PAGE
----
Our Guests Built Them!
Report from Japan
WHEN you hear the expression “guest,” what comes to mind? Likely you think of entertaining and otherwise showing hospitality to persons not in your household. Rather than expecting guests to work during their visit, hosts normally go out of their way to do things for their visitors.
Recently Jehovah’s Witnesses in Numazu, Japan, had some unusual guests. Numazu is the location of the branch headquarters of Jehovah’s Witnesses in Japan. These guests came prepared to work, bringing their own tools and equipment. This is not without precedent. In many parts of the world, skilled workers have volunteered to share in special work projects at branch offices of Jehovah’s Witnesses, also called “Bethel” homes. Here at Numazu the volunteer workers came from all over Japan and remained for more than a year.
What was the work assignment that they wished to fulfill? It was the construction of two buildings for expansion of the printing facilities of Jehovah’s Witnesses in Japan. This might have surprised some, since two buildings for the same purpose were built in 1972. But after only two years, they proved to be inadequate.
Why? Back in 1971, when these structures were first planned, the number of Jehovah’s Witnesses in Japan had reached a peak of 11,629. The printing of the magazines The Watchtower and Awake! at that time amounted to 192,000 copies per issue. However, by the fall of 1974 the number of Witnesses in Japan had jumped to 26,355 (an increase of 127 percent). The corresponding rise in demand for the magazines called for a printing increase of 93 percent, to an average of 371,445 of each issue. Clearly, larger facilities would be needed.
So plans were drawn up for a four-story building with total floor space of 15,683 square feet (1,457 square meters). Neighborhood opposition, however, made it necessary to abandon this plan. A new design calling for two buildings of lesser height proved to be acceptable. And as it turned out, this plan allowed for more floor space than the four-story structure. The two new buildings combined would offer 16,500 square feet (1,533 square meters).
Both buildings were to be 33 feet (10 meters) tall with one being divided into three stories and the other into two stories. The three-story building would have twelve rooms for living quarters. The other structure would have only one room for living quarters; the rest of the space would be used for shipping and storage.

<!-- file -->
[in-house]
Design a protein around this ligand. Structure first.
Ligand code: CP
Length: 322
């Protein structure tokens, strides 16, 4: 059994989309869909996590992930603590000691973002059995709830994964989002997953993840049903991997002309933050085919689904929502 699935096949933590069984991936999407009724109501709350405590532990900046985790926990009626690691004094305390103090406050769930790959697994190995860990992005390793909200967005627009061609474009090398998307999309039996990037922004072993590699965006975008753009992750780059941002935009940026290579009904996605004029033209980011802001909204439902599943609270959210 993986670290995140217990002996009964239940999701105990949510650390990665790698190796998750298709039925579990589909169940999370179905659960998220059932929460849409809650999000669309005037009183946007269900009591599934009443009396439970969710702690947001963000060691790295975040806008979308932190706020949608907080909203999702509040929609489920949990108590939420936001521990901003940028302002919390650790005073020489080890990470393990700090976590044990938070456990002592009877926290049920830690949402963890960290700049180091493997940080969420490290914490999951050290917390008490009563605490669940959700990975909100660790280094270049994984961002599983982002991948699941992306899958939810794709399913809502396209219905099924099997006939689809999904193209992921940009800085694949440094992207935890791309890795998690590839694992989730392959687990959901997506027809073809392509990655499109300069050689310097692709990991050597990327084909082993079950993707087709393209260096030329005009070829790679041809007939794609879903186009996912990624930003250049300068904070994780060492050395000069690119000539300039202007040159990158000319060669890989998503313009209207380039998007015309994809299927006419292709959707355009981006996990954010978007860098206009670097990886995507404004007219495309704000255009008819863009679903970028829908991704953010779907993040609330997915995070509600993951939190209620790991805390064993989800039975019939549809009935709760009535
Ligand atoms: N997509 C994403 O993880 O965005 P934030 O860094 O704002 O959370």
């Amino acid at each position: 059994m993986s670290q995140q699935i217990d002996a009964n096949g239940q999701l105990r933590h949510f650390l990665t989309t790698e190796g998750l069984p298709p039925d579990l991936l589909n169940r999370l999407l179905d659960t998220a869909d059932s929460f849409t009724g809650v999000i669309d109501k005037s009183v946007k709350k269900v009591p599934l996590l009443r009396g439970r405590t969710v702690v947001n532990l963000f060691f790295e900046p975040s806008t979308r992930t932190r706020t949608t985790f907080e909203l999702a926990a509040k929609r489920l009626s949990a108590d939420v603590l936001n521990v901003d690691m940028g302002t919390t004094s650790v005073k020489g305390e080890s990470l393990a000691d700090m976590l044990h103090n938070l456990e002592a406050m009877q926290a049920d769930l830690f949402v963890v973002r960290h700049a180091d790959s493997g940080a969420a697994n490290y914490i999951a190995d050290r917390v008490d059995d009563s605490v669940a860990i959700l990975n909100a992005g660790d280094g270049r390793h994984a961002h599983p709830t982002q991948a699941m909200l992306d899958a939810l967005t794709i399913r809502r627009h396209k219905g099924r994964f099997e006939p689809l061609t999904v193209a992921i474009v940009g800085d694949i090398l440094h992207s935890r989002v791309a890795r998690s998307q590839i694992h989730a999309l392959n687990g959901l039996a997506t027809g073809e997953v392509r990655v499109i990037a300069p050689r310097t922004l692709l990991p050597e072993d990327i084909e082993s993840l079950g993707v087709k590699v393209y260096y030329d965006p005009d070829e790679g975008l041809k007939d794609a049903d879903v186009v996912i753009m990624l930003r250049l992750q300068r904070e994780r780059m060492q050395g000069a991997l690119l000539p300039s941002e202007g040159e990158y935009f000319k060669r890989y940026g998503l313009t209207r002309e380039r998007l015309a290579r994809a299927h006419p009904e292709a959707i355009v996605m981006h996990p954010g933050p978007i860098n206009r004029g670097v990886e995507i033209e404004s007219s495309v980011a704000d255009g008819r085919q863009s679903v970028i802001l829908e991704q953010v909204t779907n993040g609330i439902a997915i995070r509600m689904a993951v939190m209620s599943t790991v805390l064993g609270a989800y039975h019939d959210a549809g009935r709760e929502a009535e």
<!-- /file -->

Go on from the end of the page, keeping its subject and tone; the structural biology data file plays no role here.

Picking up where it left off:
While these buildings were under construction, the need for Bible literature produced by Jehovah’s Witnesses continued to rise. The demand for Watchtower and Awake! magazines brought the printing up to an average of 448,219 copies per issue. Happy indeed were all concerned when the two new buildings reached completion in December 1975. They have been a real asset toward keeping pace with the ever-expanding activities of the Japanese Witnesses of Jehovah, whose numbers increased to 41,201 by May 1977.
THE BIBLE CHANGED THEIR LIVES
This construction project was truly remarkable. Not only was the building work done by volunteers, but even the architectural designing and drawing up of the plans were handled by our guests. What could motivate persons to give freely of their labors for more than a year? Without exception the principal motivating force was the spirit aroused in them by study of the Bible.
Some of the guests related experiences that led up to their learning Bible truth. Two of them, for example, told of belonging to a radical student movement during their university days. At that time they would participate in protest demonstrations. This had been an expression of their sincere desire to do away with the widespread corruption of this system of things and to achieve true peace and security.
Then something unexpected happened. A young teacher who attended meetings of this radical student movement began giving them answers from the Bible. Though the teacher was not one of Jehovah’s Witnesses, he used as a basis for his answers the booklet “Look! I Am Making All Things New,” published by the Watch Tower Society. When unable to answer certain questions on one occasion, he invited the students to his home where they met his wife who is one of Jehovah’s Witnesses.